The U.S. Supreme Court opened its October 2020 Term with short opinions on qualified immunity, AEDPA, and a military statute of limitations.


Qualified Immunity


In Taylor v. Riojas, decided Nov. 2, the Court held that corrections officers were not entitled to qualified immunity for holding Trent Taylor in “shockingly unsanitary” prison cells.


The officers kept Taylor, an inmate in the Texas Department of Corrections, in one cell covered in “massive amounts” of feces, and another cell that was “frigidly cold” and with overflowing sewage.


The Fifth Circuit held such conditions violated the Eighth Amendment, but the corrections officers were entitled to qualified immunity because “the law wasn’t clearly established” that prisoners couldn’t be housed in such cells “for only six days.”


The Supreme Court, in a 7-1 per curiam opinion, reversed.


“Qualified immunity shields an officer from suit when she makes a decision that, even if constitutionally deficient, reasonably misapprehends the law governing the circumstances she confronted,” the Court said.


“But no reasonable correctional officer could have concluded that, under the extreme circumstances of this case, it was constitutionally permissible to house Taylor in such deplorably unsanitary conditions for such an extended period of time,” the Court said.


“[A]ny reasonable officer should have realized that Taylor’s conditions of confinement offended the Constitution,” the Court concluded.


Justice Thomas dissented, without opinion.  Justice Barrett took no part in the case.




In Shinn v. Kayer, decided Dec. 14, the Court held the Ninth Circuit had not given AEDPA-required deference to a state court’s decision denying postconviction relief.


George Kayer sought federal habeas relief on grounds that his trial counsel at his capital trial failed to investigate mitigating circumstances.


Arizona courts, applying the test from Strickland v. Washington, held counsel’s performance was not deficient because Kayer had refused to cooperate with a mitigation investigation.  But even if counsel’s performance was deficient, Arizona courts held there was no prejudice.


The U.S. District court rejected Kayer’s federal habeas claim.


But the Ninth Circuit held Kayer’s counsel should have investigated mitigation, and that counsel’s failures likely affected Kayer’s death sentence.


The Supreme Court, in a 6-3 per curiam opinion, reversed.


Under the Antiterrorism and Effective Death Penalty Act, 28 U.S.C. Sec. 2254(d), federal habeas relief cannot be granted on any claim that was adjudicated on the merits in a state court proceeding, unless the adjudication “resulted in a decision that was contrary to, or involved an unreasonable application of, clearly established Federal law, as determined by the Supreme Court of the United States.”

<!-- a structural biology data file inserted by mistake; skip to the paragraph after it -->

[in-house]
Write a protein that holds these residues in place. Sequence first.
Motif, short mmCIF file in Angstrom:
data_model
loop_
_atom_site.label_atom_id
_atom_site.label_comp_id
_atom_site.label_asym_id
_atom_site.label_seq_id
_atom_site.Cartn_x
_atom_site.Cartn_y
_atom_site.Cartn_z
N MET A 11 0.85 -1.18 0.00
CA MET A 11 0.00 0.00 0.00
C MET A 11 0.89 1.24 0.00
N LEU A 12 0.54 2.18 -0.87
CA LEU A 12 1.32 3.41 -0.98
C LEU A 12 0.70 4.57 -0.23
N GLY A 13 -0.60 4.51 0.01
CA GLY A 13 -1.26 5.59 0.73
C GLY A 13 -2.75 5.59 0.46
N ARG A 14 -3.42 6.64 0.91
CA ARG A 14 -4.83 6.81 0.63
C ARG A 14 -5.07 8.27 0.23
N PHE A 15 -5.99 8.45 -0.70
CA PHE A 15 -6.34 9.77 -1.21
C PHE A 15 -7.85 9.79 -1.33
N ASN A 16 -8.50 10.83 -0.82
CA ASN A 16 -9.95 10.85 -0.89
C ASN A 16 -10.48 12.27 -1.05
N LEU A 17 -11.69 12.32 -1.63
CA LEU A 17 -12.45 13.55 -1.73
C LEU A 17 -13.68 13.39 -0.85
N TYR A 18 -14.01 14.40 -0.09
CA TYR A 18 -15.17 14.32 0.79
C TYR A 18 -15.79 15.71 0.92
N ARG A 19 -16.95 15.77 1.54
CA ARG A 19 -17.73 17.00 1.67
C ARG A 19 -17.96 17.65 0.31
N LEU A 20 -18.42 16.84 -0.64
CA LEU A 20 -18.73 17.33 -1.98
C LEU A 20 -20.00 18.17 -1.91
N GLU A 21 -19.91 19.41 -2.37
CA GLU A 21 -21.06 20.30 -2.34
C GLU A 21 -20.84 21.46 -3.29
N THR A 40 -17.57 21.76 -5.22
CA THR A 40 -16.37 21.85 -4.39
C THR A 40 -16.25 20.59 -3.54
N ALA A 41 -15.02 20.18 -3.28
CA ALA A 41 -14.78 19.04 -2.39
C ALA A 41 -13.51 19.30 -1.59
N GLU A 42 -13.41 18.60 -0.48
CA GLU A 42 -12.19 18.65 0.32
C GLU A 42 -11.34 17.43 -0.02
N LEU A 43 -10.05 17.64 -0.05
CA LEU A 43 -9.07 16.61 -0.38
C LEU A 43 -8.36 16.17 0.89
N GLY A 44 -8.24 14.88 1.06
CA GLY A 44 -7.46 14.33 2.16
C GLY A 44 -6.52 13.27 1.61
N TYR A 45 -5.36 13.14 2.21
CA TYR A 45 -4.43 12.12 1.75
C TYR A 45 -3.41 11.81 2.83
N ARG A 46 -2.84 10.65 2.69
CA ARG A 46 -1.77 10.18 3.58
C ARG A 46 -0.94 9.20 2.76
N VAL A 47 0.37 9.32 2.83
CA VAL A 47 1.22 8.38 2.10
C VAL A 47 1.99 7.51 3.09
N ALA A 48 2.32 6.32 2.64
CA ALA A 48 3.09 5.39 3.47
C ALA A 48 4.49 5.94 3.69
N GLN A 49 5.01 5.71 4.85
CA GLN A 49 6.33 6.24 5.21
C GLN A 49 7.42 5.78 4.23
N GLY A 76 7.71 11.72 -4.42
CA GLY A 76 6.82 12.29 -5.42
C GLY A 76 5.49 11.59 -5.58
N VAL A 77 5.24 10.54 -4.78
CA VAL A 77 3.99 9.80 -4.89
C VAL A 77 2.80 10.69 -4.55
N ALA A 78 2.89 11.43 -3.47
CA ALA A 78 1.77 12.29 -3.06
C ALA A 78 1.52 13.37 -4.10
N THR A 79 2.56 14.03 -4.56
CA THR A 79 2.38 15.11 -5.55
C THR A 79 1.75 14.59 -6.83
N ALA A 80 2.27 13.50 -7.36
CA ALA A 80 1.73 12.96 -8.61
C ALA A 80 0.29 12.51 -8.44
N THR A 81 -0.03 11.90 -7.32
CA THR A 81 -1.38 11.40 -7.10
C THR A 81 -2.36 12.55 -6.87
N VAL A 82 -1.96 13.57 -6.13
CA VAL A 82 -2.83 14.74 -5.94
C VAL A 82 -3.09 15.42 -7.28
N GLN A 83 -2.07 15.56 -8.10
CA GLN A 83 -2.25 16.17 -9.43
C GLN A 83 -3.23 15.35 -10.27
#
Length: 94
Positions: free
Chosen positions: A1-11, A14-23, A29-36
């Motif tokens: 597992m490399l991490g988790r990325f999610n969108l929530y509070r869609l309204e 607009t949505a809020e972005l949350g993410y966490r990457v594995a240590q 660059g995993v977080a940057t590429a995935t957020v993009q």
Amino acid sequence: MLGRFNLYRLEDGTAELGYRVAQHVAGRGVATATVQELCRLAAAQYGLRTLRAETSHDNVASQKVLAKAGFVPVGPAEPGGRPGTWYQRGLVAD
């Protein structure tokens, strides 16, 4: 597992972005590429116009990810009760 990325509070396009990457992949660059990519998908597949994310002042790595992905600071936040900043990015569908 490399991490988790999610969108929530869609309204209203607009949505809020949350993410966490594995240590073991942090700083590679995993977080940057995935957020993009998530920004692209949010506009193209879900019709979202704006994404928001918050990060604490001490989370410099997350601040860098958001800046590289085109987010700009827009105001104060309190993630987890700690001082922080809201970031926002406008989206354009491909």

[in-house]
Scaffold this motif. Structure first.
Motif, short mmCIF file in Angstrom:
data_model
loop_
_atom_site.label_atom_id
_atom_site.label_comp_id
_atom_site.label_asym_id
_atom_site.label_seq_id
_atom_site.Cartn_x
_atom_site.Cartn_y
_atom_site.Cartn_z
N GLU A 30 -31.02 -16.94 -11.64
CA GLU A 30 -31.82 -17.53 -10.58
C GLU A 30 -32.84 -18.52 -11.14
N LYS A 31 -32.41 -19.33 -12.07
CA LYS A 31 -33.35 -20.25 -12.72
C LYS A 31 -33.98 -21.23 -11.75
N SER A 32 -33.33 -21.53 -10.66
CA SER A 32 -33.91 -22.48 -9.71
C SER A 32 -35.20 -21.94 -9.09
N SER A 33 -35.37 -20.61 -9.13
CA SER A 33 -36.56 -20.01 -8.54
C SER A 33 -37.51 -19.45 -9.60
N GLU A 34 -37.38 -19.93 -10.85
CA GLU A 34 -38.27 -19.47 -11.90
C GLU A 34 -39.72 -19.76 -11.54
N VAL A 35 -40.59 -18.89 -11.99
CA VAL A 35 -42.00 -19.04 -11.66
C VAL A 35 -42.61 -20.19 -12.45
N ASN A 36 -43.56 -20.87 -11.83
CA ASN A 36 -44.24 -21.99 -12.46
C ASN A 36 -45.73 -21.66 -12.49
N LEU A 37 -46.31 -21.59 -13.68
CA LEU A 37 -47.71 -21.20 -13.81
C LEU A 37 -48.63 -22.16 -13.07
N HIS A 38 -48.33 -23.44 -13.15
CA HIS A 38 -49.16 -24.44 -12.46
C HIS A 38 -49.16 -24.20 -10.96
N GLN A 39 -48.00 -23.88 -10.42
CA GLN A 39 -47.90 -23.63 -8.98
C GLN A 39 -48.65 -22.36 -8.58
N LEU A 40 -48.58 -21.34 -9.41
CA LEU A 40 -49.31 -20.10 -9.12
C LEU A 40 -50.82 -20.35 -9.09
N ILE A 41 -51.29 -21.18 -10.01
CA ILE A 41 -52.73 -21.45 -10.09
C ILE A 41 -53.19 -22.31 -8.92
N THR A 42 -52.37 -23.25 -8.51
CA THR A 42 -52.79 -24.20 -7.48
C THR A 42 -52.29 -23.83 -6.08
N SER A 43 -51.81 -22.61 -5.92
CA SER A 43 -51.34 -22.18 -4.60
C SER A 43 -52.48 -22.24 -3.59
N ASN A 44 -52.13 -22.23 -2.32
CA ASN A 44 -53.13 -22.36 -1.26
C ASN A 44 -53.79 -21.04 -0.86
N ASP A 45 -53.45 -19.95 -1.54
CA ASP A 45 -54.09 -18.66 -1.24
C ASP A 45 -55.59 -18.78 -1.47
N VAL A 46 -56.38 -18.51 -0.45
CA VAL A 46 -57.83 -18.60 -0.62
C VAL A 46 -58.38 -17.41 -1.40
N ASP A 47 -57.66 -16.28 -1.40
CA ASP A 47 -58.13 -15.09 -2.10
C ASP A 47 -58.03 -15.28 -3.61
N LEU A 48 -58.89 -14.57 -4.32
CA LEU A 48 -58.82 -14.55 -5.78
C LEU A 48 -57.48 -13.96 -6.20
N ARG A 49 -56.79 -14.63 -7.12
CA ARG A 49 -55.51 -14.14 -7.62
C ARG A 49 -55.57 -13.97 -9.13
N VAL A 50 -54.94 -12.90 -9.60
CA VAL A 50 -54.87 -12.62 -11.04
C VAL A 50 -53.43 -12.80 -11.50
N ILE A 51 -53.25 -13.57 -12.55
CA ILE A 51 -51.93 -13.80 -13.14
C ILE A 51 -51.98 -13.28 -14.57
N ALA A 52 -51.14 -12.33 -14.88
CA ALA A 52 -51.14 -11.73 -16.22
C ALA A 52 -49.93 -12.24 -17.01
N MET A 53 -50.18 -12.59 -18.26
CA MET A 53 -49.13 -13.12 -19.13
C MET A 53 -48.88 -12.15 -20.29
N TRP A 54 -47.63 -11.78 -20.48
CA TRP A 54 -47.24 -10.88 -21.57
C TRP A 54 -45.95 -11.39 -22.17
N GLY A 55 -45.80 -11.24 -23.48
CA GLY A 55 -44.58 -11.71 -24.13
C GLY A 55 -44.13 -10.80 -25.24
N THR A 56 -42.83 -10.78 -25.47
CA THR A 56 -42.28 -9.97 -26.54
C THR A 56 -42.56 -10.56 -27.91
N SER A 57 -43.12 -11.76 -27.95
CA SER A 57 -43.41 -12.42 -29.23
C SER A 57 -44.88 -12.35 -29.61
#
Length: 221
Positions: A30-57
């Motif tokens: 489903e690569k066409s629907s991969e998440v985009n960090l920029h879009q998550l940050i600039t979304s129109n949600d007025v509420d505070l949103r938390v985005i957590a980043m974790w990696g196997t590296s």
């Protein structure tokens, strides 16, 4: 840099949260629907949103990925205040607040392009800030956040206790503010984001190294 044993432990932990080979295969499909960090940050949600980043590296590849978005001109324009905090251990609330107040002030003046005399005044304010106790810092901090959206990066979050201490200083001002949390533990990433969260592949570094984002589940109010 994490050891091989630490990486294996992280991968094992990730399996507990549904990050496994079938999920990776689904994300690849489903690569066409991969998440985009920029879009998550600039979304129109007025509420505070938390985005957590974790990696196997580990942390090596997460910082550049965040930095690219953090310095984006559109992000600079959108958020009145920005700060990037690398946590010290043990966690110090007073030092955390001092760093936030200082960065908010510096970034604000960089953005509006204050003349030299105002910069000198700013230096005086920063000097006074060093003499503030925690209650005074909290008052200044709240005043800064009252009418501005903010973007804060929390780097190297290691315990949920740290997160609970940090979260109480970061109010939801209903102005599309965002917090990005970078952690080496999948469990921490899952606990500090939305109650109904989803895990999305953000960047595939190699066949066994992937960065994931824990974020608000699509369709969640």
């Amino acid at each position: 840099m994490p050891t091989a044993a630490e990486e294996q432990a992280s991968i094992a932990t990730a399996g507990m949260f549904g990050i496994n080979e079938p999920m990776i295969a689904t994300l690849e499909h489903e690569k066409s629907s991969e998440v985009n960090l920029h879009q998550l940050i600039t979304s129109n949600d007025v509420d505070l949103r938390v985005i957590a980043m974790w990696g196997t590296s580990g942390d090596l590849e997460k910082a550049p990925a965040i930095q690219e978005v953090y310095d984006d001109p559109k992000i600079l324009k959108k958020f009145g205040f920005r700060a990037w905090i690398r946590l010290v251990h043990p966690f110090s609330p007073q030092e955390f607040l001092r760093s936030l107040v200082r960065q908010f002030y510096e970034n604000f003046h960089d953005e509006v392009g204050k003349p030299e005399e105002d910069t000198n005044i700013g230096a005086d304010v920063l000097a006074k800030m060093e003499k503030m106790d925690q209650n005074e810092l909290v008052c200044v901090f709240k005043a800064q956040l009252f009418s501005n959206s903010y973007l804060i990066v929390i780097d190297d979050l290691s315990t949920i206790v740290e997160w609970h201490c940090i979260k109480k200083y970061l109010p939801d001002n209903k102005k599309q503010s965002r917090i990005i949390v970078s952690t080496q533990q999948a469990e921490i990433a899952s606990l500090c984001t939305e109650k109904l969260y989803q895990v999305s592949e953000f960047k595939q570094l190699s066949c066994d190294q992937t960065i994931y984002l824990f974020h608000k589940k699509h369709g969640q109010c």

The Arizona courts applied the correct governing standard of Strickland, the Court said.  Hence, in order to prevail, “the prisoner must show that the state court’s decision is so obviously wrong that its error lies beyond any possibility for fairminded disagreement.”


“Because the Strickland  standard is general standard, a state court has even more latitude to reasonably determine that a defendant has not satisfied that standard,” the Court said.


The Ninth Circuit “essentially evaluated the merits de novo” “without ever framing the relevant question as whether a fairminded jurist could reach a different conclusion,” the Court said.


The Ninth Circuit “impermissibly substituted its own judgment for that of the state court instead of applying deferential review.”


Justices Breyer, Sotomayor and Kagan dissented, without opinion.


Military statute of limitations


In United States v. Briggs, decided Oct. 13, a unanimous Court held that a prosecution for rape can be brought at any time under the Uniform Code of Military Justice.


Three military service members, who were charged with rapes occurring between 1986 to 2006, claimed their prosecutions were time-barred because the UCMJ imposed a five-year statute of limitations.


During the time period at issue, the UCMJ provided a general statute of limitations of five years for noncapital offenses.  However, it also provided there was no statute of limitations for offenses “punishable by death,” and it provided that rape was “punishable by death.”


The military service members contended that because Coker v. Georgia (1977) held the Eighth Amendment bars capital punishment for rape of an adult woman, the service members could not, in fact, be sentenced to death, and therefore, the general five-year statute of limitations applied to them.

The Court, as a matter of statutory interpretation, rejected their claim.

Various provisions of the UCMJ indicated Congress intended there be no statute of limitations for rape, the Court said.

The purpose of statutes of limitation is to promote clarity, the Court said.  Congress could not have intended to adopt a statute of limitations that would be dependent on the Supreme Court’s uncertain and changeable death penalty jurisprudence.

The Court also noted that under current federal law applicable to civilians, there is no statute of limitations for many sexual offenses.

Justice Barrett took no part in the case.